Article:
“Irrespective of what code you look at or where it is, the underlying themes will be consistent. There will be differences in the way things operate or work, and that’s just something you have to accept. One rule doesn’t fit all, so as long as the underlying principles that should be across all areas are there – such as standards of HSE and how you treat workers – then that’s the most important thing.”
Peter Murphy, projects director at CEG International, commented: “The industry is huge and very diverse, so even those in the same sectors do not always use the same codes. In over 38 years in consultancy in the region, CEG has seen the diversity of codes as a constant tension of requirements, designs and practice. We’ve seen that not only between national and international codes but also where some of the major government and corporate clients have taken established codes and adapted them to their own particular needs and purposes.”
One of the major challenges would be implementing and enforcing such a code, especially in a region where bureaucracy and efficiency is often an issue.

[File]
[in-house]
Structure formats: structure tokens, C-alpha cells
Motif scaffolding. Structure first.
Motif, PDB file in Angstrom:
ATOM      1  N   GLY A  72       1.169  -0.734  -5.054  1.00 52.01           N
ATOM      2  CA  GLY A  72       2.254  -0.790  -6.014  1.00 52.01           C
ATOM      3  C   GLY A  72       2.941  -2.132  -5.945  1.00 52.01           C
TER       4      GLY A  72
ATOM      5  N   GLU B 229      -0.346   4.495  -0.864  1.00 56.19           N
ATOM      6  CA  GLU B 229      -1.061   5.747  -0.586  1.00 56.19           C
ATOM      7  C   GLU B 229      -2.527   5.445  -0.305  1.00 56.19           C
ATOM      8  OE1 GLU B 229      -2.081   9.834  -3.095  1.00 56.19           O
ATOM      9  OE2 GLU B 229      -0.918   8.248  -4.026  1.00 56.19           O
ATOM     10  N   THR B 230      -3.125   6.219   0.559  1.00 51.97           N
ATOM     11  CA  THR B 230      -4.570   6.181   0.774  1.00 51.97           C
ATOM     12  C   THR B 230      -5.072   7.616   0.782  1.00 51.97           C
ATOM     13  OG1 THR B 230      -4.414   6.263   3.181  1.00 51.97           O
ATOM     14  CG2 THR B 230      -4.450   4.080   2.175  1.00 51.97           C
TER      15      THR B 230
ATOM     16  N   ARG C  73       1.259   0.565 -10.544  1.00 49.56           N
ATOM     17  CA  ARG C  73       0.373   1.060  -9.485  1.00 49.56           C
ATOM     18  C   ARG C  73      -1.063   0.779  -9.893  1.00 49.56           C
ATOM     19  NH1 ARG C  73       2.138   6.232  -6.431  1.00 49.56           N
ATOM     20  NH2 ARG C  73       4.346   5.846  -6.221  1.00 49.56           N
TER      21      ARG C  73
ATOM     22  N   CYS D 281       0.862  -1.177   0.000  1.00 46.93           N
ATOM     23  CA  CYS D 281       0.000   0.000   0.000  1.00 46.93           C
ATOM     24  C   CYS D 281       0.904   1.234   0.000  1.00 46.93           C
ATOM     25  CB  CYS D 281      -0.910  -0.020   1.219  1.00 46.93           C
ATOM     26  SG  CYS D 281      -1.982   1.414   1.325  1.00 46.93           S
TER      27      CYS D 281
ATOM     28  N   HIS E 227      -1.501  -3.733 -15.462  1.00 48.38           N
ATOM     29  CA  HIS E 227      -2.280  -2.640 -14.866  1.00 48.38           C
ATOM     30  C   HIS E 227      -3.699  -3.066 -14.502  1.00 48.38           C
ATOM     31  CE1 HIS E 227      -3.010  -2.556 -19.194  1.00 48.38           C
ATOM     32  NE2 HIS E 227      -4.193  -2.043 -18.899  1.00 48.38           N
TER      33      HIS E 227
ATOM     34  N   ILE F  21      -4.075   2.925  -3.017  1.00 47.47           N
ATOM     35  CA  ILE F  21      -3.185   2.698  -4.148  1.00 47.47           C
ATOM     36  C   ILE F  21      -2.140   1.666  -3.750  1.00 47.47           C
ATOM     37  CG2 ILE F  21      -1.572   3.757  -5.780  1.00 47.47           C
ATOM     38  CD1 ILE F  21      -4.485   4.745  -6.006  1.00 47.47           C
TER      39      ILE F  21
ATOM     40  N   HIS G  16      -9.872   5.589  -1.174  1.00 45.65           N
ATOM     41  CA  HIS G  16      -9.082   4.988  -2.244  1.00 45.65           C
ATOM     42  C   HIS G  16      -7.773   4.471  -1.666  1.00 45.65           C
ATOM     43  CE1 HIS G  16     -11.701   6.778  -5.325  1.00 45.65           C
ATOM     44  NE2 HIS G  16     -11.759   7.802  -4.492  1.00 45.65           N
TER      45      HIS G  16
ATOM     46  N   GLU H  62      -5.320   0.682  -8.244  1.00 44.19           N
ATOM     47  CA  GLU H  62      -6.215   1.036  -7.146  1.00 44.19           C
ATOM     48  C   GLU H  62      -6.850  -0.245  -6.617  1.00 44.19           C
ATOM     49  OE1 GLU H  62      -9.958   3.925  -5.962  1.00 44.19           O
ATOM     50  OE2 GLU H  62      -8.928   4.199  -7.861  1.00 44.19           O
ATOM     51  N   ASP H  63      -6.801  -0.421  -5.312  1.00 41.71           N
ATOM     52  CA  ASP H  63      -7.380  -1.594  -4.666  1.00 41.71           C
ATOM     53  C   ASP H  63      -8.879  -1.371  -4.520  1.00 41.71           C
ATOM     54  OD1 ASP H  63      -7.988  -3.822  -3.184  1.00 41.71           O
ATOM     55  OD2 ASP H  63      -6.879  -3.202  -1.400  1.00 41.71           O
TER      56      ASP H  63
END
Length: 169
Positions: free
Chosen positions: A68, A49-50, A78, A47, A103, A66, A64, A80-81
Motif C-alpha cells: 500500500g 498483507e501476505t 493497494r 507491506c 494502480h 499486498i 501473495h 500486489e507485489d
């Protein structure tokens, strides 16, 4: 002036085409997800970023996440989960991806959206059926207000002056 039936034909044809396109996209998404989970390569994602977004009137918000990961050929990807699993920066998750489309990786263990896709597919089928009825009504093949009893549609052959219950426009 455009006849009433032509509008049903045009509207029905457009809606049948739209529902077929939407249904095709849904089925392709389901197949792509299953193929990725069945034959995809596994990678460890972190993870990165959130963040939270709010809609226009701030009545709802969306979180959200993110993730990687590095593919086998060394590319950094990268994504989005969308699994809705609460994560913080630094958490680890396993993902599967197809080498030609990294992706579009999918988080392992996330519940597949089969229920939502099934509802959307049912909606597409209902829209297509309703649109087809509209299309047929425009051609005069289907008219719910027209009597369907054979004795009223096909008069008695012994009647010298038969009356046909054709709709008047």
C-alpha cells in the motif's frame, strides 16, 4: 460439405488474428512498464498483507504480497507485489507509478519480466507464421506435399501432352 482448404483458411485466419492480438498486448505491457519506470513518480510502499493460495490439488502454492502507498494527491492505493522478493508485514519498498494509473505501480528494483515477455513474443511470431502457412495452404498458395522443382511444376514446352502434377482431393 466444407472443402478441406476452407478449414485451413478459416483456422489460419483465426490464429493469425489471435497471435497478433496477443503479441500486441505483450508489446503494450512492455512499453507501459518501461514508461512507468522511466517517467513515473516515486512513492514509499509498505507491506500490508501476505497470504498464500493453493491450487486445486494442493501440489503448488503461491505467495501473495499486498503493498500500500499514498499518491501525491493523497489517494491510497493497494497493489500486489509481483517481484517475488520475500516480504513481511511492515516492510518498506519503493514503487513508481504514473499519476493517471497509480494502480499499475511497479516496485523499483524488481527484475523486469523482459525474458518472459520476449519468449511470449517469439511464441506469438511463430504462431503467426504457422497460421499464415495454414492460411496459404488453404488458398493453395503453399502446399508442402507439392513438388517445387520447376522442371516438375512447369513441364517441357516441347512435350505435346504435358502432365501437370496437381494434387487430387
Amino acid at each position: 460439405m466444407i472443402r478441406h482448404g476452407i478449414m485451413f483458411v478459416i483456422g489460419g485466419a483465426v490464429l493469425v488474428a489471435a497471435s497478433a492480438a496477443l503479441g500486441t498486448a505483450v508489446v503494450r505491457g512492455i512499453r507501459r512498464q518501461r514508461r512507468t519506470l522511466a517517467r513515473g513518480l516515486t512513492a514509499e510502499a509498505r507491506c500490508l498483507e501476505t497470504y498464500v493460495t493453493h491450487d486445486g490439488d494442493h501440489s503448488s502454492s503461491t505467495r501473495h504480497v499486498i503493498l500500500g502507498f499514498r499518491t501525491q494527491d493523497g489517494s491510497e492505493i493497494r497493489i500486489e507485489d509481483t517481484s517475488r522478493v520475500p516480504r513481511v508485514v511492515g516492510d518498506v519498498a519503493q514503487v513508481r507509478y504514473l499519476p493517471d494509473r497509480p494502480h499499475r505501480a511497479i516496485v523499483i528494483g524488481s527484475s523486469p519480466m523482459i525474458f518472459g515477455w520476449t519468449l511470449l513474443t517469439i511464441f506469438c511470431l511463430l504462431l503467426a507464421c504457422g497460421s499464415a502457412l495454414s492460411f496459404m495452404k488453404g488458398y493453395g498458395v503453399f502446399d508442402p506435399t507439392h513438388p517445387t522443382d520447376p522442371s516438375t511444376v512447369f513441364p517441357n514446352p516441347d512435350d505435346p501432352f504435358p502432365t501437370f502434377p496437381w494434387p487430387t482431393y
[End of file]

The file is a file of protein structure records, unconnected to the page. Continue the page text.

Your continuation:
“I would suggest to start with a committee for each industry from all GCC countries and each committee to decide which current code is more suitable to start with, then updating the code to be valid for all GCC countries – it seems something of this is already happening,” said Soliman.
McCaig states that any organisation charged with overseeing the standards and enforcing them must have legitimate powers, or risk being seen as a soft touch. “I’d like to see a uniform approach across all countries to implement minimum standards of health and safety and statutory bodies to make sure they are complied with, such as the HSE executive in the UK – it must have teeth.”
All GCC countries are, to a certain extent, trying to improve their green credentials and it will be interesting to see if any unilateral code sets out minimum standards.
Alexandre Amato, head of sustainability at Qatar Green Building Council, is hopeful that a standardised approach across the GCC would include requirements for energy conservation. “A GCC approach to energy conservation is a good idea, provided it doesn’t take too long,” he said.
“The key thing is the climate and they are similar. When you introduce legislation, it is no good without enforcement, and to build that capacity for enforcement could be different in each country. It will certainly take some time to come up with a unified approach, but we’d certainly like to see energy conservation legislation in place in the near future.”
Soliman believes that the similar climate in the GCC is a valid argument for the implementation of a region-wide code. “GCC countries have almost the same environment and similar resources. So a uniform building code would be an added value to utilise the different markets. Such a step will be very important to all GCC countries, and I hope it can be implemented in the near future as it would be very useful,” he stated.